Can you believe it? Peter appears to be telling Jesus how lucky he (Jesus) is that he has taken Peter with him! Lucky Jesus! Where would he be without Peter? Peter knows just what to do in this situation – he can build shelters for Jesus, Moses and Elijah! Jesus can leave it all to him!  This fits with our perception of Peter – he is rash, he always puts his foot in his mouth and he never really understands what is going on. Now he thinks that Jesus needs him. He just doesn’t get it. Jesus, the Son of God, has chosen him among all the disciples to be part of the innermost circle, to see him as he really is and to share Jesus’ most private moments. Jesus who can walk on water, heal the sick, calm the storm, cast out demons doesn’t need Peter. Peter needs him. It is Peter who will change and grow as a result of his relationship with Jesus. However, Peter doesn’t see this, Peter thinks that Jesus needs him and so offers his services at this most inappropriate moment.

As I reflected on Peter’s response, I wondered if it might not be a metaphor for ourselves, for the church. I have a suspicion that from time to time at least, we fall into the trap of believing that God needs us, that without us and without our constant effort, God will be lost – the church will fail and the Christian faith will come to an end. This is evidenced in our constant navel gazing about the state of the church, our anxiety about empty pews and about census figures which reveal that fewer people identify as Christians, the programmes we organize to encourage people to come to church and the ways in which we continually tweak our worship in the hope that more people will join us.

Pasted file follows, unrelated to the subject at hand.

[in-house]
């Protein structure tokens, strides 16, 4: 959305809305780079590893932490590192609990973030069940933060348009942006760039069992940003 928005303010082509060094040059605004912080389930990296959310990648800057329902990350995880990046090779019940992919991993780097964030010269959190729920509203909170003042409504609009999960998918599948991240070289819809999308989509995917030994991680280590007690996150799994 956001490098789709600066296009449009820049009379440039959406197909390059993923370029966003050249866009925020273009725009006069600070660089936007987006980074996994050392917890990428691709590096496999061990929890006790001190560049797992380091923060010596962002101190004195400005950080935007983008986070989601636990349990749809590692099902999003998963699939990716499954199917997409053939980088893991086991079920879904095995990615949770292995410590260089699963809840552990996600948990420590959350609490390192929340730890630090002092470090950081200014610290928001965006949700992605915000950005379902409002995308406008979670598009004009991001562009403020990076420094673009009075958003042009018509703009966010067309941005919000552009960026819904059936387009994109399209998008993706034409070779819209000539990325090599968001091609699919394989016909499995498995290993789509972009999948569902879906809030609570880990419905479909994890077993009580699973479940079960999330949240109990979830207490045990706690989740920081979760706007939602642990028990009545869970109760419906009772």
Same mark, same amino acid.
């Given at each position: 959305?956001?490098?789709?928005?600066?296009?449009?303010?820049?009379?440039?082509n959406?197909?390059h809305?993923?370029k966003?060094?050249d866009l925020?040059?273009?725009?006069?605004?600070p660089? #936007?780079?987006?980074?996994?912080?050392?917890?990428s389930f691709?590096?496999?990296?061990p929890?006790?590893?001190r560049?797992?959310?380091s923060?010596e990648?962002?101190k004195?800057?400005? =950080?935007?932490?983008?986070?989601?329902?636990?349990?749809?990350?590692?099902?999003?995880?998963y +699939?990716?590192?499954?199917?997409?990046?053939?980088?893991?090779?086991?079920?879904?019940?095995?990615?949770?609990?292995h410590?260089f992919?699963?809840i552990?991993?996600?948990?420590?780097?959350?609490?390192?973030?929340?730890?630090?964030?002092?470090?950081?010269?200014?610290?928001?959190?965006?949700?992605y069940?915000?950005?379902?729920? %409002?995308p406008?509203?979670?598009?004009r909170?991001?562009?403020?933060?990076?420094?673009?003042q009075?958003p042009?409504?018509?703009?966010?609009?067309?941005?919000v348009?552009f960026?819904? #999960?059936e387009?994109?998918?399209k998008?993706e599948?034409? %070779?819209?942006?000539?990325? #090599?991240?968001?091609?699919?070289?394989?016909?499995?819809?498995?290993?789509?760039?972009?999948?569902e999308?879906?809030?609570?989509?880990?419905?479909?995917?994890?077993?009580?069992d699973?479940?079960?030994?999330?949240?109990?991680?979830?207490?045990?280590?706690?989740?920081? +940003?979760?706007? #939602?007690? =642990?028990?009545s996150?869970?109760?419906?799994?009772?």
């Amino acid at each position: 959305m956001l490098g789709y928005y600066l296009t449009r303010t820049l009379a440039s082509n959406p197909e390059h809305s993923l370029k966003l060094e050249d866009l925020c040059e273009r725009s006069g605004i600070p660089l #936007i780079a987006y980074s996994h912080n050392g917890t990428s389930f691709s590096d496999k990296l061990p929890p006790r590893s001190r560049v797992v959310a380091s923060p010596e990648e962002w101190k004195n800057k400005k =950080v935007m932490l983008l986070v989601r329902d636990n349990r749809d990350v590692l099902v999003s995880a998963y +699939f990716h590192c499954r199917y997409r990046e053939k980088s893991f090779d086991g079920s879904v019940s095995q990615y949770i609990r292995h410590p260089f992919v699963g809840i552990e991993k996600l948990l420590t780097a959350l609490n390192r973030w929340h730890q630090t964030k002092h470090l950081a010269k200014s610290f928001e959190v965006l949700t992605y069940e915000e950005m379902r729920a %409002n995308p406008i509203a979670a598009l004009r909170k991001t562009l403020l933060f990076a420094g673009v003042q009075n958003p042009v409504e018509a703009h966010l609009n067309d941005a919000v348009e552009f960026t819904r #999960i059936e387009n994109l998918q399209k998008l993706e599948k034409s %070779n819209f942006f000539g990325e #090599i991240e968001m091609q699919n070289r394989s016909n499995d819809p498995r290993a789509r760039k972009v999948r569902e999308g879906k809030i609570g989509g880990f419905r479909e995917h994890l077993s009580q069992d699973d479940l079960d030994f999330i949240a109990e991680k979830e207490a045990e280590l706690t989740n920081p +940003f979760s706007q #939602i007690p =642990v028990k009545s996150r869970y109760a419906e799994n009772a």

All of this not only demonstrates a lack of trust in God and in God’s presence in the world, but also that we believe that the future of the church, the future of faith is dependent on us. Such an attitude suggests that we feel that God needs our help to be known in the world, that a church is necessary for faith in God to spread throughout the world. Of course this is a ludicrous idea! God can and does manage quite well without our help. Without our help, God created the universe. Without our help God called Abraham and formed the people of God. Without our help, God sent Jesus into the world and without our help God continues to make Godself known to a multitude of people and in a wide variety of ways. And still we think that God needs the church and that God needs our help for the church to survive.

When the situation is put like that we can see that there are times when we can be likened to Peter, that there are times when we fail to wonder at the gift that God has given to us or when, faced with an apparent problem we fall into the trap of thinking that God needs us instead of remembering that it is we who need God.

I wonder what it would be like if instead of wanting to build edifices to contain or to commemorate what we have seen and known, if instead of worrying about the institution, we could simply stand back in awe and wonder at the ingenuity and magnificence of God. What would it be like, if we could simply acknowledge and surrender ourselves to the creative power of God and allow God to determine how the future will look?

It is good that we are here. Our experience and knowledge of God draws us together to offer praise and thanksgiving to the one who has given us everything.  It is good to be here to be drawn in wonder and awe into God’s presence. It is good to be here. It would also be good to be content simply to worship God and let God take care of everything else.